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Editorial: UA Press should issue an ultimatum on Earp book

Arizona Daily Wildcat,
December 6, 1999
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For 23 years, the University of Arizona Press has been publishing a non-fiction book that has been repeatedly questioned by historians and could include a falsified source of information.

Titled "I Married Wyatt Earp," editor Glenn Boyer bills the book as a compilation of memoirs from Josephine Marcus Earp, wife of Wyatt Earp. UA Press has been publishing the book - which was its No. 2 bestseller in 1998 and has raked in about $114,000 -since 1976.

Boyer claims he used two manuscripts for his book -the Cason memoir and the Clum memoir. The Cason memoir, penned by Josephine Earp, is not being questioned.

But the Clum memoir -which has never been read by anyone except Boyer because he refuses to release it -is under fire and cannot be verified.

UA Press Director Christine Szuter has repeatedly defended the book, and said in February that its integrity is not in question.

But documents reveal that as far back as 1972, UA Press officials took issue with the validity of the manuscript.

Former UA Press editor Kit Scheifele wrote to Boyer: "In your earlier draft of the introduction, you made clear that the (manuscript) you have presented is not solely the first-person writing of Mrs. Earp, and that you have written a first-person account based on her memoirs and other material as well. In your new introduction, you no longer make this clear."

The book's published version does not indicate the use of additional letters and interviews.

The problem, however, continues to revolve around the Clum manuscript -or lack thereof.

Finally, officials at UA Press have decided to conduct a review of the book. If they find parts to be fabrications, they have agreed to cease publication.

Why Szuter and other UA officials have not demanded that Boyer turn over the manuscript is incomprehensible. Why copies of a "non-fiction" book that could be filled with rubbish is reprinted -now for the 12th time -is equally ridiculous.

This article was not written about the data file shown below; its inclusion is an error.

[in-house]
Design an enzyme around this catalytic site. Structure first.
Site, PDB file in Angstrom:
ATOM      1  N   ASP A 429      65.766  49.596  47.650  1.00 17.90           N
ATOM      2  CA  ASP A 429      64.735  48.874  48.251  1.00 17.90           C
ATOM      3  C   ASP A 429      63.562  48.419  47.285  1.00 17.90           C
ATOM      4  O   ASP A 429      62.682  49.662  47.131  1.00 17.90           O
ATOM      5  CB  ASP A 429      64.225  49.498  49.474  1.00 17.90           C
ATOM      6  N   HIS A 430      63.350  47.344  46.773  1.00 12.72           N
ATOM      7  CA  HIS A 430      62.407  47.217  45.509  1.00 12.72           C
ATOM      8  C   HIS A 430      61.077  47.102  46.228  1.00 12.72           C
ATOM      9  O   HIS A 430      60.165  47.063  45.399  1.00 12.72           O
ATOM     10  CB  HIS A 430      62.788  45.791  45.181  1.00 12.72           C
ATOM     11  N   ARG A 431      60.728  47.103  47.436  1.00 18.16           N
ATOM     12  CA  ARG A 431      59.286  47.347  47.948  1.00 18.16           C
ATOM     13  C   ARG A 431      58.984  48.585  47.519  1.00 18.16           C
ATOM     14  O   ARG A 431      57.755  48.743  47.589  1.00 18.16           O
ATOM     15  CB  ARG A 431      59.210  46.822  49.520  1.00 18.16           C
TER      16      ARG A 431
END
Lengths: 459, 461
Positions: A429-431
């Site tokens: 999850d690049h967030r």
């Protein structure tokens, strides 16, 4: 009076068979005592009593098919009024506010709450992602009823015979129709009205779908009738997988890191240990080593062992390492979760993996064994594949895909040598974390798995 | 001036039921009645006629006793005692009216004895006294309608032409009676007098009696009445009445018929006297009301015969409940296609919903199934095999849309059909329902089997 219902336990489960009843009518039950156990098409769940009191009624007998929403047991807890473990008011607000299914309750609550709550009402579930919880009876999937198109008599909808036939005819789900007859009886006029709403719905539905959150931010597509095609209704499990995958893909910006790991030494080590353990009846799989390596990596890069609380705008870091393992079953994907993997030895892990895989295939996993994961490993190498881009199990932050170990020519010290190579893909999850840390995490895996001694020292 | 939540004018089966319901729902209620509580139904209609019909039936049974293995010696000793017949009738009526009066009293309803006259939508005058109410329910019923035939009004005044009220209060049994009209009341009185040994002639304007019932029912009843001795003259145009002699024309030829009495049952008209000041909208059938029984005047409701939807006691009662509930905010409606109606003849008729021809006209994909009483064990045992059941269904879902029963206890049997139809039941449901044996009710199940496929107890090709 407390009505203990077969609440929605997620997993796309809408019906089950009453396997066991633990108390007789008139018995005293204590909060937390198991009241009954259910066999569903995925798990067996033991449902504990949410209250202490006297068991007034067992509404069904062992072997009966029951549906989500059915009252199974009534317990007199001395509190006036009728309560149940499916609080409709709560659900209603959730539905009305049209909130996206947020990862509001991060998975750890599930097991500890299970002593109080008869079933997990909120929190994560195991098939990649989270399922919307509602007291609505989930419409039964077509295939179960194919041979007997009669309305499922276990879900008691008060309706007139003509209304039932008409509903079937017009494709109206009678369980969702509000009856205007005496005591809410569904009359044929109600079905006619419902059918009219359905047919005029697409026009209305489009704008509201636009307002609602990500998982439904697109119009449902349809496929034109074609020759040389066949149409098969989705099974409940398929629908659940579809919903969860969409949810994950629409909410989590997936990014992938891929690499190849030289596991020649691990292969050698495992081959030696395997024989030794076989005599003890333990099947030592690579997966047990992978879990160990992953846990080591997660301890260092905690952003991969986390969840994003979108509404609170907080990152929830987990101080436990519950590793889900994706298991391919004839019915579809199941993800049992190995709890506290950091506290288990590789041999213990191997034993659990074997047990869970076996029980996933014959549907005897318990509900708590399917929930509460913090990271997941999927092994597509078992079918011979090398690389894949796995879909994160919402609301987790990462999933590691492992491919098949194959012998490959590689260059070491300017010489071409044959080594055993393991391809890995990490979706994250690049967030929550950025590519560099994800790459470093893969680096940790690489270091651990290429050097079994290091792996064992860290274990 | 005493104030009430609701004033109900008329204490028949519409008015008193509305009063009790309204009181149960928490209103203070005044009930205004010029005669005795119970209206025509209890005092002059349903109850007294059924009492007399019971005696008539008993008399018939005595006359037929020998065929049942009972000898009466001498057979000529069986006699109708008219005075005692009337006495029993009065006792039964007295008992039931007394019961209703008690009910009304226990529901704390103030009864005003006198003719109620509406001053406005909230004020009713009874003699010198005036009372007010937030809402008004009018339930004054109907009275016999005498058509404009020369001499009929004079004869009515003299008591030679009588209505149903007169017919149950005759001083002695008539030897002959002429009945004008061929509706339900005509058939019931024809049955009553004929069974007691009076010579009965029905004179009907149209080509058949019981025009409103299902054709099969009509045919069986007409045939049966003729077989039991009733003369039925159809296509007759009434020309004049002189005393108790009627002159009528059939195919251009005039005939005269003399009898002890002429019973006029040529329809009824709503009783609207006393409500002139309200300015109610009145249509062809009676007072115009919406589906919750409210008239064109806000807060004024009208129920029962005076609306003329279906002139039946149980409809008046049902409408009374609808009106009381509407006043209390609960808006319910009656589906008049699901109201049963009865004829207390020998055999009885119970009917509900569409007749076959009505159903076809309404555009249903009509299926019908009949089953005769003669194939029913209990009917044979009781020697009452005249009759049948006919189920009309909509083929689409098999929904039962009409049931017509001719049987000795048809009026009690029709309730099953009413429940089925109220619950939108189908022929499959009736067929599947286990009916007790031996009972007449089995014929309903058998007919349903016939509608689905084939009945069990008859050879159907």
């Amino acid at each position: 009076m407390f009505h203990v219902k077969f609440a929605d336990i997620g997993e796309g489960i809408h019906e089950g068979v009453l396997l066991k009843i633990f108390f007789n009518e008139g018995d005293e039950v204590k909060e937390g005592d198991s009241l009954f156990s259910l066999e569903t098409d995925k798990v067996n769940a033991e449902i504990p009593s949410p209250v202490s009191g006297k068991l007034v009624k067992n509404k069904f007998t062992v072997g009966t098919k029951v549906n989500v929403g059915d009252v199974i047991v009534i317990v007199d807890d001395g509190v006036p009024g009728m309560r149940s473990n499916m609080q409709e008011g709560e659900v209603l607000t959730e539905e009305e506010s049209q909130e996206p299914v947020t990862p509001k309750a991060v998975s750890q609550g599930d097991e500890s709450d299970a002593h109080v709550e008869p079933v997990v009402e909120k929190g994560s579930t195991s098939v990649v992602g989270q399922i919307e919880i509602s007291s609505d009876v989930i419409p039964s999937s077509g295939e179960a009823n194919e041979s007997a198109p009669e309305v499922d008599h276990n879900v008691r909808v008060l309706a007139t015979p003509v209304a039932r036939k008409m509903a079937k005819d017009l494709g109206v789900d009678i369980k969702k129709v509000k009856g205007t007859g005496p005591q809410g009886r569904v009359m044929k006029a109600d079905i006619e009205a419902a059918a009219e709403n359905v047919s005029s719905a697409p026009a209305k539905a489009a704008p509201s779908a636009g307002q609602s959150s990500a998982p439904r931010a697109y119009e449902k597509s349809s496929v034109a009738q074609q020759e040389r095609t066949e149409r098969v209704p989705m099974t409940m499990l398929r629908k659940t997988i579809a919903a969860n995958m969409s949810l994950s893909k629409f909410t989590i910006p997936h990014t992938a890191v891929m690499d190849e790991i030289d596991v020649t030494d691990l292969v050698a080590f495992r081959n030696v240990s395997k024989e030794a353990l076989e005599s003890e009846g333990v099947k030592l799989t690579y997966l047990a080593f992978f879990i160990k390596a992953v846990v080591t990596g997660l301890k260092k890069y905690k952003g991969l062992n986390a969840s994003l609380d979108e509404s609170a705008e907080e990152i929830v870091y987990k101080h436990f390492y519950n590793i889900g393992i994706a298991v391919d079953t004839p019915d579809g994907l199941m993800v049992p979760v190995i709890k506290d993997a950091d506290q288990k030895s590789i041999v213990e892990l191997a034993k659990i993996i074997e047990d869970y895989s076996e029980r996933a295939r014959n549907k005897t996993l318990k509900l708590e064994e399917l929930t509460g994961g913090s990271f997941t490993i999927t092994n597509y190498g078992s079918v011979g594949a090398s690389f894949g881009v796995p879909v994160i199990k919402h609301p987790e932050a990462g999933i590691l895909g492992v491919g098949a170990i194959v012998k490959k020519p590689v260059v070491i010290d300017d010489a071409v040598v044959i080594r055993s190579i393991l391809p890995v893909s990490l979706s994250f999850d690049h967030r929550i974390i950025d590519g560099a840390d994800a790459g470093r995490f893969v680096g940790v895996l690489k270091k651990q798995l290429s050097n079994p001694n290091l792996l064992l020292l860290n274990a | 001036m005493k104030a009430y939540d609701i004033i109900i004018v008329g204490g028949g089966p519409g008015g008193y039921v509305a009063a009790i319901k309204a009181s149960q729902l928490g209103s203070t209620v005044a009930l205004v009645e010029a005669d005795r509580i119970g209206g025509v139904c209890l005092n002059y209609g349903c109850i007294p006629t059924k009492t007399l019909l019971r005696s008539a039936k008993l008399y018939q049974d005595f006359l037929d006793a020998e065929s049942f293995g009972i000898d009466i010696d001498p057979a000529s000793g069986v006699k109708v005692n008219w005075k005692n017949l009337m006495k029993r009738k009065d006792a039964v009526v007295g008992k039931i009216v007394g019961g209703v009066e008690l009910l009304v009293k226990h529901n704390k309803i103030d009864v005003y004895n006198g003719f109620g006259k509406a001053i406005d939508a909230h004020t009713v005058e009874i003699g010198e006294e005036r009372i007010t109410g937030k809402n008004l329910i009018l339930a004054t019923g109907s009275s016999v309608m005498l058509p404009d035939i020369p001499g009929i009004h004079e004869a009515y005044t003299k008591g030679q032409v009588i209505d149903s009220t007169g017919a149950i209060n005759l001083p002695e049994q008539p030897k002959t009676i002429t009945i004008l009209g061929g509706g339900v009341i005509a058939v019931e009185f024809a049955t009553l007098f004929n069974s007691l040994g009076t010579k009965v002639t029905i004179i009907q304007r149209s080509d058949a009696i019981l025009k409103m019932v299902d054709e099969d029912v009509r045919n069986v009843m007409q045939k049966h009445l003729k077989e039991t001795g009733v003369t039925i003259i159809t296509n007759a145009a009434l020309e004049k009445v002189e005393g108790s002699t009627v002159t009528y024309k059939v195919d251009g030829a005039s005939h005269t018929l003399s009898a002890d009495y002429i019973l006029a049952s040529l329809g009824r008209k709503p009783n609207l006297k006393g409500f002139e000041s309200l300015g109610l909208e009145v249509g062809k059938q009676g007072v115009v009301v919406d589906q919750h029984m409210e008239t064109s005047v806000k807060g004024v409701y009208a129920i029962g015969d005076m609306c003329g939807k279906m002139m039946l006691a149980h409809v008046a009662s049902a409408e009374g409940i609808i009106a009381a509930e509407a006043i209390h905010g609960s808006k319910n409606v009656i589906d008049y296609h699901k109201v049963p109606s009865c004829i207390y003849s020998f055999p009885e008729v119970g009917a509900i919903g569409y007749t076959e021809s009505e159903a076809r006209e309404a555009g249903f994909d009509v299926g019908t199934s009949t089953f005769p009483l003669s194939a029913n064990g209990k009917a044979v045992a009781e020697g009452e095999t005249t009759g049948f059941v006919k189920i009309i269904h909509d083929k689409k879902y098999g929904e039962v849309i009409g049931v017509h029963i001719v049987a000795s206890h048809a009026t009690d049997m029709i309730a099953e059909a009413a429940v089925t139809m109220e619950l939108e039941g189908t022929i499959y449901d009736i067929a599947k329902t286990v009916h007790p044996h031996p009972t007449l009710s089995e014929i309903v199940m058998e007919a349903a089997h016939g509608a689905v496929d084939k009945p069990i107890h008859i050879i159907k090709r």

Szuter has agreed to make two slight changes in the book's latest reprinting: its cover will be redesigned, naming Boyer as the author and removing Josephine Earp's name. Also, a publisher's note will be added to the copyright page regarding sources used in the book.

Glenn Boyer has repeatedly refused to speak with reporters, instead relying on his wife as a shield.

In an interview with the Arizona Daily Wildcat, Jane Boyer said that her husband can do whatever he wishes with the Clum manuscript, including conceal it from the public. She also claims that her husband lost parts of the Clum manuscript during an earlier divorce, adding that "someone" has seen parts of it.

She refused to elaborate on the meaning of "someone."

The time has come for Boyer to put up or shut up. UA Press should get tough with this arrogant man and issue an ultimatum: Admit that the text is partly fiction or produce the appropriate documentation.

Otherwise, it's in UA Press' best interest to halt publication of the book before its credibility is destroyed and its reputation as an academic publisher is tarnished.

While UA Press may be forced to jeopardize further profit from the book and irritate the embattled Boyer, it may be the only way to finally publish the truth - something the public has deserved for many years.


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